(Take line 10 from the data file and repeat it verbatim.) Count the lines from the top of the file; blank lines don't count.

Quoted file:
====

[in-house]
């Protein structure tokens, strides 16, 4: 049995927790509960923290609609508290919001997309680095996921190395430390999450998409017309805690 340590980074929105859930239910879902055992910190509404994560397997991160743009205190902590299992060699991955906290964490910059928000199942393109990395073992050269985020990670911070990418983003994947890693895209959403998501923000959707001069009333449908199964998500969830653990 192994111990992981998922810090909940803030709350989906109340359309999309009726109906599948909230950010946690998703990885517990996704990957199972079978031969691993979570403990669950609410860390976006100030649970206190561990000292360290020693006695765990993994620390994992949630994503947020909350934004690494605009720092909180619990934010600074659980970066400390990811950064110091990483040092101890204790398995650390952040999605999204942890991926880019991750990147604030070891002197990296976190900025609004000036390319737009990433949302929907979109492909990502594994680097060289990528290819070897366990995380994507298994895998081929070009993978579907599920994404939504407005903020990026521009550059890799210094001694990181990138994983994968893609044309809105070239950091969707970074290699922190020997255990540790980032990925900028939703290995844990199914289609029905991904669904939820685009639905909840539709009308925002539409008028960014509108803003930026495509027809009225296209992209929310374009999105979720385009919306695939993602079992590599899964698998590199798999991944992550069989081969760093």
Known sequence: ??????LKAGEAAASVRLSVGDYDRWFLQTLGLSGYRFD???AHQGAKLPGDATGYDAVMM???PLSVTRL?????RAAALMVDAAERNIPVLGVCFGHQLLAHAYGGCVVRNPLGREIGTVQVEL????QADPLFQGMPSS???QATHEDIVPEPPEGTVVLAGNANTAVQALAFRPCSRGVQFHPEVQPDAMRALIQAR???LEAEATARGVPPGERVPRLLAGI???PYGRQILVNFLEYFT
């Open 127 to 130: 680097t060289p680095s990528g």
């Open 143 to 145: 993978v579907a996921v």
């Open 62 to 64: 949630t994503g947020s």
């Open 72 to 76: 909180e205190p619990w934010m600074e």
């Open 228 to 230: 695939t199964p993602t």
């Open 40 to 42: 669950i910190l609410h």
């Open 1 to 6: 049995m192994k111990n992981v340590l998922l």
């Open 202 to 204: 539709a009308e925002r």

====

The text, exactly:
């Open 1 to 6: 049995m192994k111990n992981v340590l998922l």